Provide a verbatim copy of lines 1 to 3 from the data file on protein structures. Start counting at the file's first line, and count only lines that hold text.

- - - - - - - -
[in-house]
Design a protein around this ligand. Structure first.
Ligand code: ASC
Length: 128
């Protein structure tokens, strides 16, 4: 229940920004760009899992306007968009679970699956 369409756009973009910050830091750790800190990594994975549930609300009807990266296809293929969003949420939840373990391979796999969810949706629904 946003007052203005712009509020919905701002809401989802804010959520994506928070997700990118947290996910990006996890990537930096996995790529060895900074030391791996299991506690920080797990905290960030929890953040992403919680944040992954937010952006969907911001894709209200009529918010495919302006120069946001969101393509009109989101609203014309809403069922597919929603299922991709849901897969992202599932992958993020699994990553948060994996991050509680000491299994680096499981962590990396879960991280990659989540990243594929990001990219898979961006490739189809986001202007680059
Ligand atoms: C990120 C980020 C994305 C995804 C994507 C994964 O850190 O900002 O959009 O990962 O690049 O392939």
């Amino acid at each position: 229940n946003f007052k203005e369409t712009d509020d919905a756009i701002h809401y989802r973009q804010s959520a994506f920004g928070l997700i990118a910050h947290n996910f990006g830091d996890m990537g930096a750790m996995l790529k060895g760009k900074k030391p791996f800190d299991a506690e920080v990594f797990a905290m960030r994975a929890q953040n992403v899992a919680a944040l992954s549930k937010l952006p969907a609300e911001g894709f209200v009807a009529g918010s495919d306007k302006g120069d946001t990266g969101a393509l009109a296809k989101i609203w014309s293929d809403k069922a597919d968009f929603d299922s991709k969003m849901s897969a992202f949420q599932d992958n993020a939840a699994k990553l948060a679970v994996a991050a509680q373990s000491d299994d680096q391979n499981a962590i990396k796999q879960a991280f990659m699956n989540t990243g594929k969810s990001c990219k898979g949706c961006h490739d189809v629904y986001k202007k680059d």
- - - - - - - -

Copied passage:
[in-house]
Design a protein around this ligand. Structure first.
Ligand code: ASC